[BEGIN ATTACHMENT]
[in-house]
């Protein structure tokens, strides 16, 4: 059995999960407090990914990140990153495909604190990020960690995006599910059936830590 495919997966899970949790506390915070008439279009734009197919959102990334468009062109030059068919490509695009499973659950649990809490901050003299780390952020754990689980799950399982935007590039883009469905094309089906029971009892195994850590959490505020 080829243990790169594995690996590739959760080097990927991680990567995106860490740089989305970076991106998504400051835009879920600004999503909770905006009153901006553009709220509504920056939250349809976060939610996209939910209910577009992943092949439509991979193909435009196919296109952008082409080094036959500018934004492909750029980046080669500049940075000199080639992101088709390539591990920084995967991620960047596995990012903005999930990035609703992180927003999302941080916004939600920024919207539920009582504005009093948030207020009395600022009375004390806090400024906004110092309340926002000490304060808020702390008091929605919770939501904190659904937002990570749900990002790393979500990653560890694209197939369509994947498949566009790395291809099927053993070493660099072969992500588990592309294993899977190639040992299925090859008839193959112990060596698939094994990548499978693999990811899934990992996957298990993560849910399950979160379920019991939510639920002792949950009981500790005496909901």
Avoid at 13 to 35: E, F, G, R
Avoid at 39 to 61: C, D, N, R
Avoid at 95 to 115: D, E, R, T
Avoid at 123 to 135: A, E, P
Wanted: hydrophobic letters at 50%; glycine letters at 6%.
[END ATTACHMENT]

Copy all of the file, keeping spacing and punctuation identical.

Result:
[in-house]
């Protein structure tokens, strides 16, 4: 059995999960407090990914990140990153495909604190990020960690995006599910059936830590 495919997966899970949790506390915070008439279009734009197919959102990334468009062109030059068919490509695009499973659950649990809490901050003299780390952020754990689980799950399982935007590039883009469905094309089906029971009892195994850590959490505020 080829243990790169594995690996590739959760080097990927991680990567995106860490740089989305970076991106998504400051835009879920600004999503909770905006009153901006553009709220509504920056939250349809976060939610996209939910209910577009992943092949439509991979193909435009196919296109952008082409080094036959500018934004492909750029980046080669500049940075000199080639992101088709390539591990920084995967991620960047596995990012903005999930990035609703992180927003999302941080916004939600920024919207539920009582504005009093948030207020009395600022009375004390806090400024906004110092309340926002000490304060808020702390008091929605919770939501904190659904937002990570749900990002790393979500990653560890694209197939369509994947498949566009790395291809099927053993070493660099072969992500588990592309294993899977190639040992299925090859008839193959112990060596698939094994990548499978693999990811899934990992996957298990993560849910399950979160379920019991939510639920002792949950009981500790005496909901």
Avoid at 13 to 35: E, F, G, R
Avoid at 39 to 61: C, D, N, R
Avoid at 95 to 115: D, E, R, T
Avoid at 123 to 135: A, E, P
Wanted: hydrophobic letters at 50%; glycine letters at 6%.